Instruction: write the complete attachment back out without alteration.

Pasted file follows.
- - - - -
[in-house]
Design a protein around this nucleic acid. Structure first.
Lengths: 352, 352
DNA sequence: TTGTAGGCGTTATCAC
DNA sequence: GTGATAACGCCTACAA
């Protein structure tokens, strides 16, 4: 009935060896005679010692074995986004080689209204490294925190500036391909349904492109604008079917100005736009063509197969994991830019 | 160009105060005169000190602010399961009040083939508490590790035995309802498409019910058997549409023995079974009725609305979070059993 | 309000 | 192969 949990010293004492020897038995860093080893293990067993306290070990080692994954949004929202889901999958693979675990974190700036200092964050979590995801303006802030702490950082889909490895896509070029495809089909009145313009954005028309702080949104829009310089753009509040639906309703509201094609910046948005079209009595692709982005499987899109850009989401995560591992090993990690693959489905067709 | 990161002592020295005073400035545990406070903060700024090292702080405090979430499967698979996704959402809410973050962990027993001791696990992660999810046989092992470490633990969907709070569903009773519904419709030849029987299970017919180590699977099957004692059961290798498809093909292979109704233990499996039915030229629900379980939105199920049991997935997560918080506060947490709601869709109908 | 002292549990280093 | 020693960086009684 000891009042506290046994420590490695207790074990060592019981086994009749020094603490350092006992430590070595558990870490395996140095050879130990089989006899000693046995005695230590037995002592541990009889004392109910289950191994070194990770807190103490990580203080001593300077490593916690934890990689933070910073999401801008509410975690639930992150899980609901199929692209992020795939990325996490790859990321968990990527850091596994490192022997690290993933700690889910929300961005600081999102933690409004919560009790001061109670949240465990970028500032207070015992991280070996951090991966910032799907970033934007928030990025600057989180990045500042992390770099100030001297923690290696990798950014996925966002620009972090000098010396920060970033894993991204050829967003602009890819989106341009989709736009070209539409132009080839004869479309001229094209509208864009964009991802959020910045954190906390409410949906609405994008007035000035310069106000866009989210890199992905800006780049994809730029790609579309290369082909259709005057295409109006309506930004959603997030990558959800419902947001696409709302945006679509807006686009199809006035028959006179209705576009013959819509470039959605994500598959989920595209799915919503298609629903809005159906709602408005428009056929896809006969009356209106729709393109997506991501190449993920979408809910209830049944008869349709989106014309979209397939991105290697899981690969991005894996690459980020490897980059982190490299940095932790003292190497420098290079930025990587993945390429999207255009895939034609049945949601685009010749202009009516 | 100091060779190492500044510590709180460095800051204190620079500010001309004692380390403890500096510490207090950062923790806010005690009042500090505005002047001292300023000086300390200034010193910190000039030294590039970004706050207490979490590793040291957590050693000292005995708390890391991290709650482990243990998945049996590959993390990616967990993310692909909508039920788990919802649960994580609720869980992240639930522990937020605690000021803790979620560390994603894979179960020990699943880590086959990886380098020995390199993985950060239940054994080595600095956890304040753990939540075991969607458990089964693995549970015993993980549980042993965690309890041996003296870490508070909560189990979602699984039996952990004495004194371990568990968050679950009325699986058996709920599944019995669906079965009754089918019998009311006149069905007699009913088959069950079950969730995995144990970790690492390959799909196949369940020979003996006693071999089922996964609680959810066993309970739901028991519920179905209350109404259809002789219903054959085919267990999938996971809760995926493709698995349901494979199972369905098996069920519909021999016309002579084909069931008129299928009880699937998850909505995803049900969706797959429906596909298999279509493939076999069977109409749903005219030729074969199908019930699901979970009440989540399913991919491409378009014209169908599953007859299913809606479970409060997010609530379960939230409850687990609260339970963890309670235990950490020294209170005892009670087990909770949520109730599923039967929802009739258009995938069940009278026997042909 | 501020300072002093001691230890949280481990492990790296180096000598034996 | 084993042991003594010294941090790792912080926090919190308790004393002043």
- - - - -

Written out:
[in-house]
Design a protein around this nucleic acid. Structure first.
Lengths: 352, 352
DNA sequence: TTGTAGGCGTTATCAC
DNA sequence: GTGATAACGCCTACAA
């Protein structure tokens, strides 16, 4: 009935060896005679010692074995986004080689209204490294925190500036391909349904492109604008079917100005736009063509197969994991830019 | 160009105060005169000190602010399961009040083939508490590790035995309802498409019910058997549409023995079974009725609305979070059993 | 309000 | 192969 949990010293004492020897038995860093080893293990067993306290070990080692994954949004929202889901999958693979675990974190700036200092964050979590995801303006802030702490950082889909490895896509070029495809089909009145313009954005028309702080949104829009310089753009509040639906309703509201094609910046948005079209009595692709982005499987899109850009989401995560591992090993990690693959489905067709 | 990161002592020295005073400035545990406070903060700024090292702080405090979430499967698979996704959402809410973050962990027993001791696990992660999810046989092992470490633990969907709070569903009773519904419709030849029987299970017919180590699977099957004692059961290798498809093909292979109704233990499996039915030229629900379980939105199920049991997935997560918080506060947490709601869709109908 | 002292549990280093 | 020693960086009684 000891009042506290046994420590490695207790074990060592019981086994009749020094603490350092006992430590070595558990870490395996140095050879130990089989006899000693046995005695230590037995002592541990009889004392109910289950191994070194990770807190103490990580203080001593300077490593916690934890990689933070910073999401801008509410975690639930992150899980609901199929692209992020795939990325996490790859990321968990990527850091596994490192022997690290993933700690889910929300961005600081999102933690409004919560009790001061109670949240465990970028500032207070015992991280070996951090991966910032799907970033934007928030990025600057989180990045500042992390770099100030001297923690290696990798950014996925966002620009972090000098010396920060970033894993991204050829967003602009890819989106341009989709736009070209539409132009080839004869479309001229094209509208864009964009991802959020910045954190906390409410949906609405994008007035000035310069106000866009989210890199992905800006780049994809730029790609579309290369082909259709005057295409109006309506930004959603997030990558959800419902947001696409709302945006679509807006686009199809006035028959006179209705576009013959819509470039959605994500598959989920595209799915919503298609629903809005159906709602408005428009056929896809006969009356209106729709393109997506991501190449993920979408809910209830049944008869349709989106014309979209397939991105290697899981690969991005894996690459980020490897980059982190490299940095932790003292190497420098290079930025990587993945390429999207255009895939034609049945949601685009010749202009009516 | 100091060779190492500044510590709180460095800051204190620079500010001309004692380390403890500096510490207090950062923790806010005690009042500090505005002047001292300023000086300390200034010193910190000039030294590039970004706050207490979490590793040291957590050693000292005995708390890391991290709650482990243990998945049996590959993390990616967990993310692909909508039920788990919802649960994580609720869980992240639930522990937020605690000021803790979620560390994603894979179960020990699943880590086959990886380098020995390199993985950060239940054994080595600095956890304040753990939540075991969607458990089964693995549970015993993980549980042993965690309890041996003296870490508070909560189990979602699984039996952990004495004194371990568990968050679950009325699986058996709920599944019995669906079965009754089918019998009311006149069905007699009913088959069950079950969730995995144990970790690492390959799909196949369940020979003996006693071999089922996964609680959810066993309970739901028991519920179905209350109404259809002789219903054959085919267990999938996971809760995926493709698995349901494979199972369905098996069920519909021999016309002579084909069931008129299928009880699937998850909505995803049900969706797959429906596909298999279509493939076999069977109409749903005219030729074969199908019930699901979970009440989540399913991919491409378009014209169908599953007859299913809606479970409060997010609530379960939230409850687990609260339970963890309670235990950490020294209170005892009670087990909770949520109730599923039967929802009739258009995938069940009278026997042909 | 501020300072002093001691230890949280481990492990790296180096000598034996 | 084993042991003594010294941090790792912080926090919190308790004393002043």